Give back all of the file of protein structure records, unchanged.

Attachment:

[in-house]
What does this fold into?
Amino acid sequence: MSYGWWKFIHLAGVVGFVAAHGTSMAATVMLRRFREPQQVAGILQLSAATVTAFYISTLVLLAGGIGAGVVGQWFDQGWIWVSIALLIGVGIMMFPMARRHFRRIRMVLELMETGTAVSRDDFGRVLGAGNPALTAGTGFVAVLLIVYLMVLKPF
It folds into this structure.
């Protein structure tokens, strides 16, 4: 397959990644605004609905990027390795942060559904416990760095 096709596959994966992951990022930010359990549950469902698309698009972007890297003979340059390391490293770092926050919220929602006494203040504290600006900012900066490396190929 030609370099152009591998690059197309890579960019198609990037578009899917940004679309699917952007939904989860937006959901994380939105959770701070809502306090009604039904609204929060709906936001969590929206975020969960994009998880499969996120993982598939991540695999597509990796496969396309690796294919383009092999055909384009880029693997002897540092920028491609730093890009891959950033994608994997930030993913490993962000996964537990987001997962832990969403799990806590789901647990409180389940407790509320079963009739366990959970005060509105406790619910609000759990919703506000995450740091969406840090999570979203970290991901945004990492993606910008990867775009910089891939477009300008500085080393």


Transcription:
[in-house]
What does this fold into?
Amino acid sequence: MSYGWWKFIHLAGVVGFVAAHGTSMAATVMLRRFREPQQVAGILQLSAATVTAFYISTLVLLAGGIGAGVVGQWFDQGWIWVSIALLIGVGIMMFPMARRHFRRIRMVLELMETGTAVSRDDFGRVLGAGNPALTAGTGFVAVLLIVYLMVLKPF
It folds into this structure.
């Protein structure tokens, strides 16, 4: 397959990644605004609905990027390795942060559904416990760095 096709596959994966992951990022930010359990549950469902698309698009972007890297003979340059390391490293770092926050919220929602006494203040504290600006900012900066490396190929 030609370099152009591998690059197309890579960019198609990037578009899917940004679309699917952007939904989860937006959901994380939105959770701070809502306090009604039904609204929060709906936001969590929206975020969960994009998880499969996120993982598939991540695999597509990796496969396309690796294919383009092999055909384009880029693997002897540092920028491609730093890009891959950033994608994997930030993913490993962000996964537990987001997962832990969403799990806590789901647990409180389940407790509320079963009739366990959970005060509105406790619910609000759990919703506000995450740091969406840090999570979203970290991901945004990492993606910008990867775009910089891939477009300008500085080393």